World Bank launches new agri center in Nepal

Nepal’s agro-entrepreneurs will have a whole suite of services available to them as they look to grow and improve their businesses, in the form of a new innovation center, launched by the World Bank.

The World Bank Group has launched the Nepal Agribusiness Innovation Center with the aim of helping local agribusinesses grow and increase their competitiveness.

The center was established by the World Bank Group and InfoDev, a multi-donor program in the World Bank Group’s Trade & Competitiveness Global Practice that supports entrepreneurs in developing economies. It also has the support of the governments of Finland, Norway and Sweden.

A World Bank spokesperson told Agri Investor the support will include training, coaching and access to technology, market information, financial management and networking.

The center will support over 150 small and medium-sized enterprises over the next 18 months, according to the organization, which noted in a statement that SMEs employ 1.75 million people and account for 22 percent of Nepal’s GDP.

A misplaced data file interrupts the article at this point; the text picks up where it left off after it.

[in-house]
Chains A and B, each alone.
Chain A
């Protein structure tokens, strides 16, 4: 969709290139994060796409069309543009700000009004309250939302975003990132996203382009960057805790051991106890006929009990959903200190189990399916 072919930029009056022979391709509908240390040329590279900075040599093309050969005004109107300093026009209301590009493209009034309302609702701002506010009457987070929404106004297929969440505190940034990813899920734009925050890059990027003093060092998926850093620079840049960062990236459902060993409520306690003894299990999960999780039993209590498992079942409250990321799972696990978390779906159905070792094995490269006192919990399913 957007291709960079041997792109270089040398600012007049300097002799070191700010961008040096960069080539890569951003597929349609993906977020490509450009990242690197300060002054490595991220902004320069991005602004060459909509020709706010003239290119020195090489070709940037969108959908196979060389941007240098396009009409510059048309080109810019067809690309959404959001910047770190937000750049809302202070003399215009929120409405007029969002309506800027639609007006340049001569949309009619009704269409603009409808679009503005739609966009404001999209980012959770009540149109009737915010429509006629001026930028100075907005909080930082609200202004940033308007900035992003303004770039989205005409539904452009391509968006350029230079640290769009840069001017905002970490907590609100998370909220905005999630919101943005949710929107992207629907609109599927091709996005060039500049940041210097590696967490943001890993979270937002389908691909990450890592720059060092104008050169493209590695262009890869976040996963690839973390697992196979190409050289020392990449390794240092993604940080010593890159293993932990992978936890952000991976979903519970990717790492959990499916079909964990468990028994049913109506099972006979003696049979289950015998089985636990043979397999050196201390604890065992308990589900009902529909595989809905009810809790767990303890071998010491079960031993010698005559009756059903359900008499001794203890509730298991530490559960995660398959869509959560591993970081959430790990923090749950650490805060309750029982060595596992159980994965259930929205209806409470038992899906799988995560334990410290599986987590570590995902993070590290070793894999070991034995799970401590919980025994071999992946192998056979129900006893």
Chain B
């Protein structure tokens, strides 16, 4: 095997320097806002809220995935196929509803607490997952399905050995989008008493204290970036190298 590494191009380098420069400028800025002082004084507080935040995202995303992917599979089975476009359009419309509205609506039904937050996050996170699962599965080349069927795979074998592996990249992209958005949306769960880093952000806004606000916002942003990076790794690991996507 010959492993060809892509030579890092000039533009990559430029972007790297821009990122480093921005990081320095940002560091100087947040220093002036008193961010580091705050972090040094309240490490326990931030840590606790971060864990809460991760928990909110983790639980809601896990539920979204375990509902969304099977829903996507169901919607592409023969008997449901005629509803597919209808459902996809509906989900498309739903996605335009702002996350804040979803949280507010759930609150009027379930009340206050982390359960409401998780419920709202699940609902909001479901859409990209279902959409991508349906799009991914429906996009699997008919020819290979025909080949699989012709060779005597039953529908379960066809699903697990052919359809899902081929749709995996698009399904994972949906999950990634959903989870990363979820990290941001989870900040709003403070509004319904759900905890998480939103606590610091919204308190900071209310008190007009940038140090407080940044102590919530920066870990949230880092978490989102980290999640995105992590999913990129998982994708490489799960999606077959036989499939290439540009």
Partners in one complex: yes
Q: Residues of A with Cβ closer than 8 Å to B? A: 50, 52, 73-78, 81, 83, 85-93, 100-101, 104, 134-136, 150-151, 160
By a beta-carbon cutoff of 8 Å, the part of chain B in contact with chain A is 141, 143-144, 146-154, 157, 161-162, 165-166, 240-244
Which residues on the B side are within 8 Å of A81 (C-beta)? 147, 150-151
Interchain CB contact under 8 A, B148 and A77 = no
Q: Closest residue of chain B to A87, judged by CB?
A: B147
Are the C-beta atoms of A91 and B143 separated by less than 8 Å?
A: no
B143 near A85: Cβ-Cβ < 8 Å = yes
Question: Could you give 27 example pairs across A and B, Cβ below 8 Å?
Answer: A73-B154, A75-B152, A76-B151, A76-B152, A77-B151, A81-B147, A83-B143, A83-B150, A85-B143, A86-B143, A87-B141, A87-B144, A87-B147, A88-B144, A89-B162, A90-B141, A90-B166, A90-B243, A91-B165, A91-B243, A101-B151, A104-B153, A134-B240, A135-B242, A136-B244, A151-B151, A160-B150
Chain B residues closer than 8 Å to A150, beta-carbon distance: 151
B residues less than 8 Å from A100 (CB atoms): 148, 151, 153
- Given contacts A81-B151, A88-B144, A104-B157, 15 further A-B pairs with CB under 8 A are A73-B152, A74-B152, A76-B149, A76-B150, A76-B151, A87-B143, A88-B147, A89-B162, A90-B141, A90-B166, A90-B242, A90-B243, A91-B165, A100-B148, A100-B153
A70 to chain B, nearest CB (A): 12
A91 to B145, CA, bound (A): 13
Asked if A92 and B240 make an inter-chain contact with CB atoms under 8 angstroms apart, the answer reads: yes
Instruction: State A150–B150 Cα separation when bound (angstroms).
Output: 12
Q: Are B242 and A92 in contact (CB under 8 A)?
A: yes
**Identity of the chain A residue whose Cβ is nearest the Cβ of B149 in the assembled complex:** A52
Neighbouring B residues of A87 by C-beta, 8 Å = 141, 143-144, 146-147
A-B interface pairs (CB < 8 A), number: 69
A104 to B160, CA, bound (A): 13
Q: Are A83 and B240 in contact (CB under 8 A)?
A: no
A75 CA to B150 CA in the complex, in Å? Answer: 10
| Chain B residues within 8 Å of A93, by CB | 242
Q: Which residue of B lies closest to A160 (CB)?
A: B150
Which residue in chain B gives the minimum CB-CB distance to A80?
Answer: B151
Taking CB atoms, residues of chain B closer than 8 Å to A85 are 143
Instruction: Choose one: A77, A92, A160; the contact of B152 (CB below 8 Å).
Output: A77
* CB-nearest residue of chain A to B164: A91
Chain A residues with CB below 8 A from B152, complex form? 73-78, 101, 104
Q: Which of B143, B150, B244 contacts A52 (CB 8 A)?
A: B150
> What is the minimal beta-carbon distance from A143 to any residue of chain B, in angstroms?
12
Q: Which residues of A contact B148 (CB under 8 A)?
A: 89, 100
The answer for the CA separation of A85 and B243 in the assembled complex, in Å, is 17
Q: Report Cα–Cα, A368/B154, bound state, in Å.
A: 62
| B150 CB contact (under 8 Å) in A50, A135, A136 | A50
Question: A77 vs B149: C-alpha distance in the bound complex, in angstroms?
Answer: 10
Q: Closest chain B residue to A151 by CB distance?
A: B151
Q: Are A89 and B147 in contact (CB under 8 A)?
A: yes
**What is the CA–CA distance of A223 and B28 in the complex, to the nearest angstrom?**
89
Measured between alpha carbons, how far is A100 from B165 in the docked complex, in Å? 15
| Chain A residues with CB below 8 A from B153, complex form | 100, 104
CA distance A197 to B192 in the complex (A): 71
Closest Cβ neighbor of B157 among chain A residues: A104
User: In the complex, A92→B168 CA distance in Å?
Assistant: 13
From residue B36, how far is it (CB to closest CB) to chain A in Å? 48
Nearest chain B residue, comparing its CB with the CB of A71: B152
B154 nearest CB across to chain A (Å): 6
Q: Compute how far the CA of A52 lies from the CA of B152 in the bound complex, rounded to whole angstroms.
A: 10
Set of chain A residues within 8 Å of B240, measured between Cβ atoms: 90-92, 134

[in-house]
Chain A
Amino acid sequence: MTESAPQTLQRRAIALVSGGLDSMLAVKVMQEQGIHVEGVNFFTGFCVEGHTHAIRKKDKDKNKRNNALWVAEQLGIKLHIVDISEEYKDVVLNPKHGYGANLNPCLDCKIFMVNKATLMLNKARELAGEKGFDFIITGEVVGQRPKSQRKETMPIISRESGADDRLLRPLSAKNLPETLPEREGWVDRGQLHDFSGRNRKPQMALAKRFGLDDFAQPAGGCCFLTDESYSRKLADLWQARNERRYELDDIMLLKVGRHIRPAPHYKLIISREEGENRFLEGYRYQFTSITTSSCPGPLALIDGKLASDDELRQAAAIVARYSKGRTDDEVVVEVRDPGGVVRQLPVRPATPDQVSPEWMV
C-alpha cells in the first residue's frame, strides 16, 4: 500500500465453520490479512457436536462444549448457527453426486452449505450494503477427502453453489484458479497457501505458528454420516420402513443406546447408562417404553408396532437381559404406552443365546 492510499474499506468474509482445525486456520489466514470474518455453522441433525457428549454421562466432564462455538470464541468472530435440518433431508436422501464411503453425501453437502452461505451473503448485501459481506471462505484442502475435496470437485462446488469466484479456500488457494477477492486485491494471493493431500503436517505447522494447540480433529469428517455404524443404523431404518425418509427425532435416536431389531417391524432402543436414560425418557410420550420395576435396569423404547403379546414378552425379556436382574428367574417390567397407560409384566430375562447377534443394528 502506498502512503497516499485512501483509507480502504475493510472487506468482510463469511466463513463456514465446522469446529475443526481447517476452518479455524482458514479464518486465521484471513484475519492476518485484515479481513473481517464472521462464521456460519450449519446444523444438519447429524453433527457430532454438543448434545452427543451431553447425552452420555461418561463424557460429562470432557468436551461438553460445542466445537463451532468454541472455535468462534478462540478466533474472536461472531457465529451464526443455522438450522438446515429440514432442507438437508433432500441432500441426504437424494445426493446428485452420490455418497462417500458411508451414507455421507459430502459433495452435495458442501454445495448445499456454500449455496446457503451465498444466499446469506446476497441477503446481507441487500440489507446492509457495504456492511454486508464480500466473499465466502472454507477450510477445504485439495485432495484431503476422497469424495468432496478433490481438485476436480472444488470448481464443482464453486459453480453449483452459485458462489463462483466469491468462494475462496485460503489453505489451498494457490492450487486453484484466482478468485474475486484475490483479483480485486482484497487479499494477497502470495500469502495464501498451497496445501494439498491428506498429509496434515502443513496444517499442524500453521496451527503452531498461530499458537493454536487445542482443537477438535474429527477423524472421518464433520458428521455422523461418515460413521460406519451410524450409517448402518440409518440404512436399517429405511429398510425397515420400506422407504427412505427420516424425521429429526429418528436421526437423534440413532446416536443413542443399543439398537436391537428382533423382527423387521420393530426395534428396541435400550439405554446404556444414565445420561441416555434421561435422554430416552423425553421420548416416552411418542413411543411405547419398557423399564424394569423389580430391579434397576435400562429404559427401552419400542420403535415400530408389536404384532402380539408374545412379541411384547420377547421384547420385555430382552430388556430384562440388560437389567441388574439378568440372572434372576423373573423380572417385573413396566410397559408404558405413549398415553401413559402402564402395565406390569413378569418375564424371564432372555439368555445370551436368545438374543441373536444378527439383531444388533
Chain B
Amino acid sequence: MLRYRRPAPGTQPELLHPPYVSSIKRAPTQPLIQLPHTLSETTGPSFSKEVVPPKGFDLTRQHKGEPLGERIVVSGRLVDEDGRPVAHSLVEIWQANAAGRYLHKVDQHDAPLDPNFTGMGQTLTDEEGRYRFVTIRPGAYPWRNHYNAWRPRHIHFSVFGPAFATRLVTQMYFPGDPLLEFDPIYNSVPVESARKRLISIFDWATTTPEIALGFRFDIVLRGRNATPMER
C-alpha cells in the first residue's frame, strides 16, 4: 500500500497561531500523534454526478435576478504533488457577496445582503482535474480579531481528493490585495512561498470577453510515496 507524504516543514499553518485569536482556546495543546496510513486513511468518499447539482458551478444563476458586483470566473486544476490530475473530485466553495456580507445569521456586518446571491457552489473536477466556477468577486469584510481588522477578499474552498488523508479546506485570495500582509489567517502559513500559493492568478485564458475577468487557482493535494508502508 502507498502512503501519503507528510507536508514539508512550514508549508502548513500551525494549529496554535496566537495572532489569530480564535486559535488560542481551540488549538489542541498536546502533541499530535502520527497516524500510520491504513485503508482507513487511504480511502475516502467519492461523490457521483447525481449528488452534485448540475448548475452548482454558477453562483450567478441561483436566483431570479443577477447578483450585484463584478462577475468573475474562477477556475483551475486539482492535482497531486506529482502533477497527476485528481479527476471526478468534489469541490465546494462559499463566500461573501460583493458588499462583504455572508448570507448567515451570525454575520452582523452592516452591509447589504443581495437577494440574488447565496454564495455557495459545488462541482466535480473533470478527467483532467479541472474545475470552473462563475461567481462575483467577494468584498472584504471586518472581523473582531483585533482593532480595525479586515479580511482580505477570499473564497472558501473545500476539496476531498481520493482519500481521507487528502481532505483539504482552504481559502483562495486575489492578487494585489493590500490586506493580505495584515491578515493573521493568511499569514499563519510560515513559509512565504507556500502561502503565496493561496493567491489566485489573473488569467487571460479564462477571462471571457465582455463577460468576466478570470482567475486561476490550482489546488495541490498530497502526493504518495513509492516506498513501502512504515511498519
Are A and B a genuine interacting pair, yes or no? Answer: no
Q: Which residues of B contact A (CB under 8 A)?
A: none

“Nepalese producers and agro-entrepreneurs are well-positioned to reach local and regional markets, but they need resources to expand,” said Takuya Kamata, World Bank’s Country Manager for Nepal.

Last week, the World Bank’s Trade & Competitiveness Global Practice, in collaboration with the International Finance Corporation and the Nepal Entrepreneurs’ Hub, organized a boot camp to identify the first group of companies that will work with the center. Of the 650 applications received, the 20 top-performing businesses were selected to join the center.

In the feasibility assessment InfoDev published in 2013, the following agricultural products were identified as having good growth potential: coffee, fish, floriculture, ginger, honey, cardamom, meat, dairy, non-timber forest products and essential oils, potatoes and tea.

While the primary recipients of the center’s services will be those operating in the middle of the value chain, agro-processors, its social impact is expected to be across the agribusiness sector, including farmers, ancillary, and supportive services, InfoDev concluded in its feasibility study.